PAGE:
• On 2001 Dec 02 UTC, the re-entry of the Proton 3rd stage, 2001-053D / 26990, was observed from Arkansas, Iowa, Kansas, Louisiana, Minnesota, Missouri, Nebraska, New Mexico, Oklahoma, Texas, and the Mexican state of Sinaloa. Ed Cannon alerted SeeSat-L. Confirming analyses were provided by Alan Pickup, and Harro Zimmer. Some of the sightings were as UFO reports.
  • On 2001 Sep 06 UTC, the re-entry of the SL-3 rocket body 1975-076B / 08128 was observed along the U.S. northeast coast. Harro Zimmer had alerted SeeSat-L to the possibility that it would be visible from New York. A sighting from there was reported by AuroraBurst@aol.com. Don Gardner reported that NBC News had broadcast video of the re-entry, mis-identifed as a meteor. Here is a UFO report believed to have resulted from this event.
  • On 2001 Aug 12 UTC, Michael Boschat reported a brilliant re-entry he observed from Nova Scotia. It was identified as the SL-6 rocket body 2001-030B / 26868 by Tony Beresford and Harro Zimmer. Daniel Deak reported that it was observed from Quebec by hundreds of amateur astronomers gathered to observe the Perseids meteor shower. Michael took several photographs.
  • Mir Space Station, the core vehicle was launched in February 1986 and decayed on March 23, 2001 in a planned reentry.
  • Starshine-1 was deployed from STS-96 on 1999 June 5 and decayed on 2000 Feb 18. Alan Pickup and Harro Zimmer provided independent decay prediction reports.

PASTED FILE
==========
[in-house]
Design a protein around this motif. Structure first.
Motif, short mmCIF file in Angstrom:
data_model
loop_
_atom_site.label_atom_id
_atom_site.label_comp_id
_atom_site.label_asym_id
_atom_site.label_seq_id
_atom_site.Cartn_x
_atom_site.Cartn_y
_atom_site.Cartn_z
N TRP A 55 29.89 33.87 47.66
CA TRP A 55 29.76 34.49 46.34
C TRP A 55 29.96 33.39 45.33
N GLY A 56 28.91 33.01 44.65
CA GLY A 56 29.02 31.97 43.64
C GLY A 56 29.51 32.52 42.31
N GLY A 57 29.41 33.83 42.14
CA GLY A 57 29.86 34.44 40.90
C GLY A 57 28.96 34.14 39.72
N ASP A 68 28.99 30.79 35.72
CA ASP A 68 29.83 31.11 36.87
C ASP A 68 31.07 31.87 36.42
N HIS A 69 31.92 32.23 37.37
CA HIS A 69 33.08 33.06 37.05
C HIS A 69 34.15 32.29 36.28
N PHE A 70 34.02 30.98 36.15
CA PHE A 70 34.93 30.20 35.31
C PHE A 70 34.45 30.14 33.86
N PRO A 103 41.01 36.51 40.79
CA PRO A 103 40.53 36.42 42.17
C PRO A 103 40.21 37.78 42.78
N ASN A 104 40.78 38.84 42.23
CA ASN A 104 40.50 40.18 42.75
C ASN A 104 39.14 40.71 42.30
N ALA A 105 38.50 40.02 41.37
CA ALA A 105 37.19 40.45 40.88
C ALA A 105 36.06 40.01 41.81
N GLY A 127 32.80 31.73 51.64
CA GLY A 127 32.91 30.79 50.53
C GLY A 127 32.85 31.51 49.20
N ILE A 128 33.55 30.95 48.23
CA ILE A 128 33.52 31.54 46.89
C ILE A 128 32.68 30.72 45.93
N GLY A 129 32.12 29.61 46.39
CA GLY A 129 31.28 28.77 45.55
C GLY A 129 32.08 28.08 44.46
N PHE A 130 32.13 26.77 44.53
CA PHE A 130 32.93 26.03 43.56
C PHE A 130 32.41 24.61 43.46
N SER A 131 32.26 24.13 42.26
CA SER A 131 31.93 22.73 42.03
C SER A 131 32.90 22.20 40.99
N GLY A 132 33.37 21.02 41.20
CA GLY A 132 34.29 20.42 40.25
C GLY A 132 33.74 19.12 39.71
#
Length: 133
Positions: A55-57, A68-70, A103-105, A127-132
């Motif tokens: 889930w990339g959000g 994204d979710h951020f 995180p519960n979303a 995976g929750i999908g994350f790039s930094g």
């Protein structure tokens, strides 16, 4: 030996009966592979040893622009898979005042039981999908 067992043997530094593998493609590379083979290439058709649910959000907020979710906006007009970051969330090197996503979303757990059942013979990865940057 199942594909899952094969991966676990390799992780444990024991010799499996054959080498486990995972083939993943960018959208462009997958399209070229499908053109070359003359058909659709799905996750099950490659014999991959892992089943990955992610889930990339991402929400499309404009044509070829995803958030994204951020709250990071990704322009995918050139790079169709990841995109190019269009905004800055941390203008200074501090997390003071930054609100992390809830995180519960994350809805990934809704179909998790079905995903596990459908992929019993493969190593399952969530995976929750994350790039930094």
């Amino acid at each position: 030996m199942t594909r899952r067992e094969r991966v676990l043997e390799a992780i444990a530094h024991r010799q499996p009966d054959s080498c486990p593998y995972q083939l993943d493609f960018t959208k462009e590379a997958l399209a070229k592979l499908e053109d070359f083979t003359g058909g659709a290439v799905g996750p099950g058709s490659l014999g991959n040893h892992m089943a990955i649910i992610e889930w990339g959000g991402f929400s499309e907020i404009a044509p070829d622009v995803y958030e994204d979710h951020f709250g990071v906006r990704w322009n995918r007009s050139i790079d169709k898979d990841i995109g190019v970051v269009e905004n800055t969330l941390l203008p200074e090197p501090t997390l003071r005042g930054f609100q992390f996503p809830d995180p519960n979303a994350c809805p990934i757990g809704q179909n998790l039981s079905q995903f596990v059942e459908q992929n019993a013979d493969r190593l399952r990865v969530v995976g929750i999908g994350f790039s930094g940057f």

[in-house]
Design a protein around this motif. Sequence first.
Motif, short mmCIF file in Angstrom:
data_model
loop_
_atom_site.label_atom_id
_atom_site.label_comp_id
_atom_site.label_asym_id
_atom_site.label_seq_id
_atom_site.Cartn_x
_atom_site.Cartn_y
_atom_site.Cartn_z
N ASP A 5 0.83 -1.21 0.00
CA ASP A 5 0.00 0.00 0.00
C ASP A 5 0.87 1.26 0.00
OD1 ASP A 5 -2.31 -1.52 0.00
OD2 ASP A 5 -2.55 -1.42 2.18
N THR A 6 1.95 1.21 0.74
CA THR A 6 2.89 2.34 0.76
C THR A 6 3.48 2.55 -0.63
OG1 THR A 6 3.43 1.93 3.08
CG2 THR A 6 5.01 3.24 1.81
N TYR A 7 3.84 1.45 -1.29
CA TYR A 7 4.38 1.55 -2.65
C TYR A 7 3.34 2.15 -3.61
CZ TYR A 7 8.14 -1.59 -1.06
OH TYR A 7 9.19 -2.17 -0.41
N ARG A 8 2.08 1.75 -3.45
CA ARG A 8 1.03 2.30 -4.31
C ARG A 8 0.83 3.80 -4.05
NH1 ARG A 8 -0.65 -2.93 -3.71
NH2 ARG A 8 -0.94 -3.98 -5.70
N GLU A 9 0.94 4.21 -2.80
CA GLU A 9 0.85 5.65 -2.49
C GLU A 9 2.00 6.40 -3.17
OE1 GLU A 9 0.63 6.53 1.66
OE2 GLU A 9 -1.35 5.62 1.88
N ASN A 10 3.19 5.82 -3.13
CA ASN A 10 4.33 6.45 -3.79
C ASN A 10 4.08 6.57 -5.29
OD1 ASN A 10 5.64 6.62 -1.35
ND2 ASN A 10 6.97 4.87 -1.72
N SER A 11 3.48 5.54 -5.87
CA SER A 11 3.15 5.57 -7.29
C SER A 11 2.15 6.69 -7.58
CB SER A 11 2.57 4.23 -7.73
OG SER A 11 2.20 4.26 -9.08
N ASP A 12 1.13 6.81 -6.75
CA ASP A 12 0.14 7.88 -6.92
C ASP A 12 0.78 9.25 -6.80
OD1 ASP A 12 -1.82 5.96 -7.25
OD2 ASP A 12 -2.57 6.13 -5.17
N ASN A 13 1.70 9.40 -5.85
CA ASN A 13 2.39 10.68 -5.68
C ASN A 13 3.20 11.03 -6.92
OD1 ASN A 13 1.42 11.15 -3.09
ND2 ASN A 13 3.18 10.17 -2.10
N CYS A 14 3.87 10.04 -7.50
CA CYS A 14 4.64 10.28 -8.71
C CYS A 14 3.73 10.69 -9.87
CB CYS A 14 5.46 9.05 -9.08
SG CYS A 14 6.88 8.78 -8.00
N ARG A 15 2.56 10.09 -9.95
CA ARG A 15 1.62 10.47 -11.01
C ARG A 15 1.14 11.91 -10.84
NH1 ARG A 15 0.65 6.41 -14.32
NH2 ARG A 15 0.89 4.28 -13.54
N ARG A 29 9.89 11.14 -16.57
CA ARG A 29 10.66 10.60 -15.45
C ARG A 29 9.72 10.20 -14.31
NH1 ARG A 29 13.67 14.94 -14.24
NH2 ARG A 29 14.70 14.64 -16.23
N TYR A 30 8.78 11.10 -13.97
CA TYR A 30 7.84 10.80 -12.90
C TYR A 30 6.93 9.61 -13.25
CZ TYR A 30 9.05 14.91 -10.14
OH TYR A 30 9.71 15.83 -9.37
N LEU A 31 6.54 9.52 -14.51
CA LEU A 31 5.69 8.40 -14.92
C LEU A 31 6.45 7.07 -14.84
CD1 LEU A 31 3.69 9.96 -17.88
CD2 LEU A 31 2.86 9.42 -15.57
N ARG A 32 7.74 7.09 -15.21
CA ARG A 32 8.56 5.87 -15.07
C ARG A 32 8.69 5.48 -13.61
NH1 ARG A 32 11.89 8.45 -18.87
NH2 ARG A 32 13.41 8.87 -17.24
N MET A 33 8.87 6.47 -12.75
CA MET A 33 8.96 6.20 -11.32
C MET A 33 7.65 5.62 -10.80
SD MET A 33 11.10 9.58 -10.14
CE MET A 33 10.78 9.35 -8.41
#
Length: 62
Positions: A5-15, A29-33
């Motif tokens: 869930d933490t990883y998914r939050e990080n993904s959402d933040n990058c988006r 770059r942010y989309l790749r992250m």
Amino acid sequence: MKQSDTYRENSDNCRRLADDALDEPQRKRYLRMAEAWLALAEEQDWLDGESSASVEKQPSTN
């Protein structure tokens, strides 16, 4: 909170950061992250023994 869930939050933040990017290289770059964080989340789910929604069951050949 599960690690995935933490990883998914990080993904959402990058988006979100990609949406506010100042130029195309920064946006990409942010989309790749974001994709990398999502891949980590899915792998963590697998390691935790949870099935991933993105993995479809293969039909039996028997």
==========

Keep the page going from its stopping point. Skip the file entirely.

• On 1997 Nov 15 UTC (November 14, 1997 PST), Fred Burger and Leigh Palmer reported their observations of the re-entry of the Kupon Platform (1997-070C / 25047). It was sighted from British Columbia, Oregon and Washington, and resulted in a number of UFO reports.
  • On 1996 Dec 12 UTC (December 11, 1996 PST), the re-entry of the second stage rocket of Cosmos 2335 (1996-069B / 24671) was seen over a wide area of Yukon, which resulted in reports of a giant UFO from Fox Lake, Carmacks, Pelly Crossing and Mayo. In April 2012, Ted Molczan reported the close correlation between the re-entry and the UFO sightings, which Harro Zimmer confirmed, using a more precise method. Ted followed up with additional analysis, based on Harro's improved estimate of the trajectory.
  • Mars 96, launched on Nov 16, 1996 at 20:48 UTC, was never acknowledged to have been actually tracked by USSTRATCOM. The DM-2 fourth stage of the Proton rocket failed to fire properly on its second burn in Low Earth Orbit and probe quickly decayed over, near or close to the east coast of Ecuador early on Nov 17 on orbit 3 near perigee. Many stories followed after the launch and speculation was high as to where the Russian plutonium fuelled Mars probe finally re-entered.
  • In August 1996, Alan Pickup and Mike McCants alerted SeeSat-L subscribers to the imminent decay of the upper stage of the rocket that launched Raduga 33. On August 20, 1996 UTC, Stephen Bolton observed it glowing brilliantly, as it passed through perigee, the day before it re-entered. Ted Molczan explained the phenomenon.

  • On November 5, 1990, the re-entry of a Proton rocket's 3rd stage, 1990-094C, was observed from several European countries. In 2005, Frits Westra of The UFO Working Group Netherlands sought information on SeeSat-L, which yielded responses from Ted Molczan and Thierry Marais. Ted was invited to contribute to their 2006 report, which shows that this decay explains a UFO report by Tornado fighter pilots. Ted relied on trajectory data derived within days of the re-entry by Pierre Neirinck, from an observation by Daniel Karcher.
  • Return to Satellite Re-entry page.